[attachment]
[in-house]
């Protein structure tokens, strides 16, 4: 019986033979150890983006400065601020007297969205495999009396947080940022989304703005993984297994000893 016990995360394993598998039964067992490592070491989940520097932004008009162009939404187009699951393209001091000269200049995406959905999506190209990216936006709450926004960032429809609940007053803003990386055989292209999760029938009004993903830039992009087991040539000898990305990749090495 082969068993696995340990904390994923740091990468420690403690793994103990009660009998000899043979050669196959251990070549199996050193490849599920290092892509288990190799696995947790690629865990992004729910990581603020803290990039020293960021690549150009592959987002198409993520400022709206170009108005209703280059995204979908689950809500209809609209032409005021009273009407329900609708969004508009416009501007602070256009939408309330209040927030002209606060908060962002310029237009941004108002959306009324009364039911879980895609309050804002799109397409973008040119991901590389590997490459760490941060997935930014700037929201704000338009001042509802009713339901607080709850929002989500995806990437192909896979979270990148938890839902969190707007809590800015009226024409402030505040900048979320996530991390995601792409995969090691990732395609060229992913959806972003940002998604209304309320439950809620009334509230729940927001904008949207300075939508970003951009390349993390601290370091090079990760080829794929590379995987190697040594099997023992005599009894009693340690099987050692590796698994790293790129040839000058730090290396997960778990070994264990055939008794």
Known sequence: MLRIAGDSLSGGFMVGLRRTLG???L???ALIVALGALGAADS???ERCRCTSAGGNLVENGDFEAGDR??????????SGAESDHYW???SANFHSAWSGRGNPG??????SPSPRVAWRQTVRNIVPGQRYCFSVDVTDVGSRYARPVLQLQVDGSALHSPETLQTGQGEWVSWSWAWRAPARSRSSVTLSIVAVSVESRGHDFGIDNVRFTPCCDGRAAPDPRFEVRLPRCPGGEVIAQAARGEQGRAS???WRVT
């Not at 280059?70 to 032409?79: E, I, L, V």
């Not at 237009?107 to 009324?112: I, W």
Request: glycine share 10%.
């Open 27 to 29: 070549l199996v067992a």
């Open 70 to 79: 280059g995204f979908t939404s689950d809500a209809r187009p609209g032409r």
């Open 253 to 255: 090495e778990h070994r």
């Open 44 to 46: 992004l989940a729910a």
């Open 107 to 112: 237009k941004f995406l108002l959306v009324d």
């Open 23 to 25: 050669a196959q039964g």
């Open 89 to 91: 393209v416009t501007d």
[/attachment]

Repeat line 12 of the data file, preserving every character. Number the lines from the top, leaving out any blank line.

């Open 23 to 25: 050669a196959q039964g």